This paper – which can be found here – develops a rather orthodox argument about market leveraging and foreclosure. In short, the argument is that: “Under certain conditions, digital platforms can harness the power of reputation to steer users to favored suppliers. This steering forecloses non-favored suppliers in a related, though distinct, relevant market. Where favored suppliers are able to split the resulting rents with the platform, the strategy s rational. The resulting foreclosure reduces efficiency and consumer welfare.”
In short, “Platform markets exhibiting substantial algorithm-driven reputation competition can facilitate a unique type of competitive harm. This article briefly summarizes the marketplace evolutions that have fiercely intensified [algorithm driven] reputation competition. It then describes this novel second-order, out-of-market competitive harm that can arise as a result of certain conduct in such markets.”
Given this, it is unsurprising that the paper begins with a discussion of why reputation is relevant to competition. Antitrust doctrine generally treats “consumer choice” as being good. Yet the antitrust enterprise has not fully grappled with the “paradox of choice”: a larger assortment of choices can cause consumers to make less-than-optimal decisions. The downsides of information abundance—which can be experienced instead as information overload—prompted the rise of services that compile and refine information into a more useful “finished” product. In this context, reputation has emerged as one of the most vital facets of competition in many modern markets. A number of platforms – Uber, Yelp, Google Maps, Amazon—either incorporate or (in the case of Yelp) essentially comprise reputational mechanisms that are vital to their functioning because of the importance of filtering.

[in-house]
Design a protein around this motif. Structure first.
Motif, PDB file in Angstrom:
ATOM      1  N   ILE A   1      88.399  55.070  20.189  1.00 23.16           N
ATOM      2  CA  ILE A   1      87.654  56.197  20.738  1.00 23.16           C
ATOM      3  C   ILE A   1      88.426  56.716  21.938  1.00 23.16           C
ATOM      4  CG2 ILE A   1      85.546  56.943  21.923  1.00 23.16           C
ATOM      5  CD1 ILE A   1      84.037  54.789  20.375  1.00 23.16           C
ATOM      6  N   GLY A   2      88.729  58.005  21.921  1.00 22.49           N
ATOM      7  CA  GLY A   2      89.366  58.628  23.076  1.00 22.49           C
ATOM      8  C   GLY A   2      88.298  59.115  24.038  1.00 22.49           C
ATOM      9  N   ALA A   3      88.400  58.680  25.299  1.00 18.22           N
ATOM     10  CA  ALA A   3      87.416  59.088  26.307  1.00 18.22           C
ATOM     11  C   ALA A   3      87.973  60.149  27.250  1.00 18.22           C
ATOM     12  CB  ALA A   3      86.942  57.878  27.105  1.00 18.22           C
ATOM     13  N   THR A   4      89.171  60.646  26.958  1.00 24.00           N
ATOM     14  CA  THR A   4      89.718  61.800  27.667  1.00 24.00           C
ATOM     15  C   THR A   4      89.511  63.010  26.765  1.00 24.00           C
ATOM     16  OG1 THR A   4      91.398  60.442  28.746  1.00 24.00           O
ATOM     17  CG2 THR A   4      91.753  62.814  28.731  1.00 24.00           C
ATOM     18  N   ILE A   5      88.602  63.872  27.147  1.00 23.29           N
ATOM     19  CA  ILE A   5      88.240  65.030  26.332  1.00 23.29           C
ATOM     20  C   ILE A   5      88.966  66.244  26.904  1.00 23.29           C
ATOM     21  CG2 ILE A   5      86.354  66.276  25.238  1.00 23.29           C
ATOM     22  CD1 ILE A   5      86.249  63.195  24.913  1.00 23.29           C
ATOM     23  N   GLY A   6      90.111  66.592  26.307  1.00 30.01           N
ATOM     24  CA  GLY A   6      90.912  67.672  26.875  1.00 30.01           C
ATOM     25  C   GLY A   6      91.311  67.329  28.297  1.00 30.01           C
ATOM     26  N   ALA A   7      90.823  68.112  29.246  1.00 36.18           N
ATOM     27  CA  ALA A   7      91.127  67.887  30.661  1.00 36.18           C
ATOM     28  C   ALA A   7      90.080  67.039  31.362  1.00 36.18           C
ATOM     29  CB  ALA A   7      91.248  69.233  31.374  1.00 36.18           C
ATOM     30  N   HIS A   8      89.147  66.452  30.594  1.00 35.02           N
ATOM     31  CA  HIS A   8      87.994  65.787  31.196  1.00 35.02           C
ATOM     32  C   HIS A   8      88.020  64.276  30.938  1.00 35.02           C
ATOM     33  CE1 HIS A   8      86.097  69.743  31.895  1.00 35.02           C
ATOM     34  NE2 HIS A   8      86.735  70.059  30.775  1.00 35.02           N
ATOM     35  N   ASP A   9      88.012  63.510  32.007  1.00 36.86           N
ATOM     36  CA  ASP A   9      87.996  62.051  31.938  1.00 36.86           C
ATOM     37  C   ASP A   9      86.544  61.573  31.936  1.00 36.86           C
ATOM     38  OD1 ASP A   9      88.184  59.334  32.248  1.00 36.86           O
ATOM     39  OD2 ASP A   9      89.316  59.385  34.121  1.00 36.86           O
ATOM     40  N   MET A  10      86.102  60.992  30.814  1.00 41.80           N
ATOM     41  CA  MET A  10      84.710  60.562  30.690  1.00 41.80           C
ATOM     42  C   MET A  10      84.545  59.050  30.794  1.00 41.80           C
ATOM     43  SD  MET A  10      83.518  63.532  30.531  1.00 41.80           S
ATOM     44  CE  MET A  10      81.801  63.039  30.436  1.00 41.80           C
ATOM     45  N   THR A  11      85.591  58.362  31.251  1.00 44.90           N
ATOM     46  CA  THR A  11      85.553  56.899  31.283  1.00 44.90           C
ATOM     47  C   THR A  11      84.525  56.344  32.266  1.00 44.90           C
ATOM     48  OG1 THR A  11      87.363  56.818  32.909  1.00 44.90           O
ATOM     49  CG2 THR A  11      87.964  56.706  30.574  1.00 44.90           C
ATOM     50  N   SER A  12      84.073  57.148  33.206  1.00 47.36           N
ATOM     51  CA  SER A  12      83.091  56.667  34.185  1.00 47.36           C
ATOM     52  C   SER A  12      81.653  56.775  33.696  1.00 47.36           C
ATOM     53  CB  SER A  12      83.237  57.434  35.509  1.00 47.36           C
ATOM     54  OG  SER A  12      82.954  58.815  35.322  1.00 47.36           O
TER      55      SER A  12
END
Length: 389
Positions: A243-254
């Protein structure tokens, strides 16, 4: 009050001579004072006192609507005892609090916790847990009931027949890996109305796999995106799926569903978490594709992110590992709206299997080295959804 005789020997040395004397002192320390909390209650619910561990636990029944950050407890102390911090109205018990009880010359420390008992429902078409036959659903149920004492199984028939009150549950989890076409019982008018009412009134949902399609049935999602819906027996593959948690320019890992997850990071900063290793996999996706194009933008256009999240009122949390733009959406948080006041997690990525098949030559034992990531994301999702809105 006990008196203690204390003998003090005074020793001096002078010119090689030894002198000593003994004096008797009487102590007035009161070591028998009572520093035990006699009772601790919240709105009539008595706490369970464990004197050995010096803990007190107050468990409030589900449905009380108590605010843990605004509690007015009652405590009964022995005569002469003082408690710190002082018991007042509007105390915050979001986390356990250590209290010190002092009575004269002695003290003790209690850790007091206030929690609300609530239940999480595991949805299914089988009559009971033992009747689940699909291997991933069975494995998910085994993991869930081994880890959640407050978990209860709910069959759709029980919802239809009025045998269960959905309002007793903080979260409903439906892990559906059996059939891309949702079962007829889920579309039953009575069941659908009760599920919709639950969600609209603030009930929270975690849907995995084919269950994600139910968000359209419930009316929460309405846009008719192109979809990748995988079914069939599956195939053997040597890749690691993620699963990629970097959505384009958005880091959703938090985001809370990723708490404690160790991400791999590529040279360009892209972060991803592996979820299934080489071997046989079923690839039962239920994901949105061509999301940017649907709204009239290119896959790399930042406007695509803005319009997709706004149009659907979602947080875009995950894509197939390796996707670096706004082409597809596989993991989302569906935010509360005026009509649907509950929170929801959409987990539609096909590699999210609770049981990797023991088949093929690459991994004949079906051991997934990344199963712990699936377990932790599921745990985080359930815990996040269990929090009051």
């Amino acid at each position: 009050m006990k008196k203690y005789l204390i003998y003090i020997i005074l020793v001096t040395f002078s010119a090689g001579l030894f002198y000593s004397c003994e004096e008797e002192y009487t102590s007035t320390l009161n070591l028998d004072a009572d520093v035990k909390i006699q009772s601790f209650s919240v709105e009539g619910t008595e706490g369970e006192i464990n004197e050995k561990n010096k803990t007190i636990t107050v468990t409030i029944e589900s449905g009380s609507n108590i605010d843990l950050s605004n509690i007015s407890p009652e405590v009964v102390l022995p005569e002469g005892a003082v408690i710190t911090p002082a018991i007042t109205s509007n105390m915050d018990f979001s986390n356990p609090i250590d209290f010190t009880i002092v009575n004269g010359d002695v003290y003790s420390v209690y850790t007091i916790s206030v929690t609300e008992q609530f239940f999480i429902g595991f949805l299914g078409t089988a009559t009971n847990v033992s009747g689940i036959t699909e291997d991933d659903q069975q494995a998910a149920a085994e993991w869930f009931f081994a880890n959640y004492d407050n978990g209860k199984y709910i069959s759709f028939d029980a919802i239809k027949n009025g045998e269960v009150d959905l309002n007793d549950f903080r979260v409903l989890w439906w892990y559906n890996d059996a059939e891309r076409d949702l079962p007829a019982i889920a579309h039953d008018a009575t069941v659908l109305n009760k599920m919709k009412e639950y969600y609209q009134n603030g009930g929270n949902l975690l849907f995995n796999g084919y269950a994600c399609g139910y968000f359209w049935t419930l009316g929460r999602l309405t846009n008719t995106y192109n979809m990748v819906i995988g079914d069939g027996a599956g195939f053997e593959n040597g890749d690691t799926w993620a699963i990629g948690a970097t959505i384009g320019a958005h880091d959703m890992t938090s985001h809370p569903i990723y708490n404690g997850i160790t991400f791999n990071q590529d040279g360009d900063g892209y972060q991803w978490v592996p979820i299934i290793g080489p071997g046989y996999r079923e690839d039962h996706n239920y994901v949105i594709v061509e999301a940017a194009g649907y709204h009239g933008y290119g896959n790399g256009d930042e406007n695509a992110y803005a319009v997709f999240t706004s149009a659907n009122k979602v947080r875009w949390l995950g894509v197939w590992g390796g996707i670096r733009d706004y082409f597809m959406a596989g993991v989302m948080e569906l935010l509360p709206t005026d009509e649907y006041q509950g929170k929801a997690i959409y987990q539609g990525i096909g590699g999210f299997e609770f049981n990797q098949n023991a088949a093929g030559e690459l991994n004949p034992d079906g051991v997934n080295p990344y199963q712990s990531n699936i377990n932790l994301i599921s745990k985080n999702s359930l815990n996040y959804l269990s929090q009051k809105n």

The paper then moves on to develop a theory of harm based on the relevance of reputation for competition. “In the presence of information overload, users often look to platforms to serve as filters. Here, reputation (via algorithmically ordered ranking) often plays a central role. The danger is that a platform may have the power to tilt the real-world playing field in favor of its own favored counterparties. Where this is so, a platform could be incentivized to alter its reputational system in order to deliver consumers to its favored partners. The ultimate effect is foreclosure of non-favored sellers from the real-world market. The resulting rents from the real-world market would allow the favored partners to compensate the platform for its exclusion of the non-favored sellers.” A case study of this – which is the author is at pains to describe as merely illustrative – is a recent merger between real estate portals which was approved without conditions by the FTC.
This is a short paper that develops a theory of harm in line with standard antitrust principles applicable to digital platforms. For its commitment to sticking to the fundamentals of antitrust alone, it deserves to be commended. While presently there are still only few theories of harm that are applicable to the new economy, I think this is a worthwhile endeavour – even if the theory itself would probably benefit from further refinements.